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Title: The Finishing School

Author: Muriel Spark

Released: 2005

Pages: 156

Prices for:- Audio – £29.98    Hardback – £3.21   Paperback – £2.38

Rating: 4/5

(Source of above information: amazon.co.uk)

This is what the story is about:

© 2012 The blurb

It sounds like a random and forgettable teen fiction, but it’s not. The satire and wit in every line of the book reminds me of reading Jane Austen’s books.

The book begins with Rowland teaching a creative writing lesson which then follows on to Chris, the star pupil, giving him the first few pages of the beginning of a novel. From then on Rowland becomes obsessed by what Chris does or doesn’t do with his work-in-progress. This affects his marriage to Nina (who begins planning a divorce once she thinks Rowland might be unconsciously gay and has lost his mind because of jealousy), his relationship with the other students who are very much aware their teachers troubles and with Chris himself.

© 2012 Dolly inside

The book can be read within a day and is a great short read. Not to say that it’s value is any less than a novel, so you won’t regret picking this book up. The humour lies in seeing Rowland and Chris battle it out with words. Their fight is a verbal one (as is right in a book about creative expression) and you cannot hate either of them for what they do!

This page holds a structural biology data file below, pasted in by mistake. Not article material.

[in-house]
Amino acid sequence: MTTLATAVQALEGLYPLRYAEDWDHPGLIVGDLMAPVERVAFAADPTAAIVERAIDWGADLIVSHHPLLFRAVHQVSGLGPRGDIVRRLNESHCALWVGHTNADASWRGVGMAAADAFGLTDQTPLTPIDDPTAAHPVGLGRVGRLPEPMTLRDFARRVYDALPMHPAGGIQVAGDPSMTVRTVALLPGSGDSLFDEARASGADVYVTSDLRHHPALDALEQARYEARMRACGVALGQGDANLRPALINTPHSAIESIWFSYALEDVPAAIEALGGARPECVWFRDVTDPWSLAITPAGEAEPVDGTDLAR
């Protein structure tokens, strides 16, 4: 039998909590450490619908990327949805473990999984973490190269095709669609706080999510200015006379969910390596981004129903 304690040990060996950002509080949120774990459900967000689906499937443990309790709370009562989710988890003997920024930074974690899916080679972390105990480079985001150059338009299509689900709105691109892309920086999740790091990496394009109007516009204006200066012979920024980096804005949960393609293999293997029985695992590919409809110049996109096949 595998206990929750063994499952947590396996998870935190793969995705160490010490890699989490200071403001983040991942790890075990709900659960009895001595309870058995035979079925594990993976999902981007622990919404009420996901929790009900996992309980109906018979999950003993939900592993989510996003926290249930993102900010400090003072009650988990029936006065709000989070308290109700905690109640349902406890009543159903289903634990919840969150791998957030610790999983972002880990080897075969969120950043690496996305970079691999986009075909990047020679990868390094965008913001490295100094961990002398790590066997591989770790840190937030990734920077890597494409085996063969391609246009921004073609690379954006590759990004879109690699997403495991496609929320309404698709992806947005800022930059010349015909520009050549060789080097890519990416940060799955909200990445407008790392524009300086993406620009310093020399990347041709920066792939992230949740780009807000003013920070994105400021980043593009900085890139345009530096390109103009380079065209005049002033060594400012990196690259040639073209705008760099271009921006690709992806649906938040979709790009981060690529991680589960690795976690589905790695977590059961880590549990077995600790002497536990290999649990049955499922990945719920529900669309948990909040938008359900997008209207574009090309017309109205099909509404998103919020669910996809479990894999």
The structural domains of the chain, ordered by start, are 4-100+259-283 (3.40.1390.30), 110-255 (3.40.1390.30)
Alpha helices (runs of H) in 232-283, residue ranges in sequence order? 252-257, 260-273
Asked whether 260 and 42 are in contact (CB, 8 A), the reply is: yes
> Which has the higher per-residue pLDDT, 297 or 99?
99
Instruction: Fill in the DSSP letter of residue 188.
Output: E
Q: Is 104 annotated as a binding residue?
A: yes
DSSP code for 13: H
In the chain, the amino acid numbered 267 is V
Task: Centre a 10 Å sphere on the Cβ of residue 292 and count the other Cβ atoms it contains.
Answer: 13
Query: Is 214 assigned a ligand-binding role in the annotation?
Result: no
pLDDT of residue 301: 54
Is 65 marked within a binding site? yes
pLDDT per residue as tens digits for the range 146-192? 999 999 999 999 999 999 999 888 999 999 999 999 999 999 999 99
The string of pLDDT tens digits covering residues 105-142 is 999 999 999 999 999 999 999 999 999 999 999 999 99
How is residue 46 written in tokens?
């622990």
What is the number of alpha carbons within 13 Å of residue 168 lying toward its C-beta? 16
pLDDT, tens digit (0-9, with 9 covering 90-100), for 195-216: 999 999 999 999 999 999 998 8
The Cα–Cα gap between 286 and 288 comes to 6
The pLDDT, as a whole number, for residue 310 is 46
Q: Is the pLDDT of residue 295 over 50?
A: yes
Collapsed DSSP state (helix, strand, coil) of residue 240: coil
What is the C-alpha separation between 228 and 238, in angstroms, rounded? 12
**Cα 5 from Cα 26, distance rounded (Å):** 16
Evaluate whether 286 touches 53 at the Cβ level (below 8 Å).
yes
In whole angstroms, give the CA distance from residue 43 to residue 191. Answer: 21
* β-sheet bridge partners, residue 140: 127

Chris went on to say what he had to say next: ‘I need his jealousy. His intense jealousy. I can’t work without it’ ” (page 101).

© 2012 The Finishing SchoolI found it particularly funny when Rowland attends a monastery, on the advice that he needs spiritual healing to get over his writers block, and when he does meet Chris, he steals his bike and goes back to the college leaving Chris stranded at the monastery :p

The whole monastery trip sounds really out of the ordinary but in Spark’s book, anything is possible! I should have seen the ending coming and it was funny ending.

In short, it is about struggling to express oneself through words, jealousy and the publishing world as it is. I guess I picked it up because it was about writing so if you’re a writer or are in the mood for a short funny view of a finishing school, give this book a chance.

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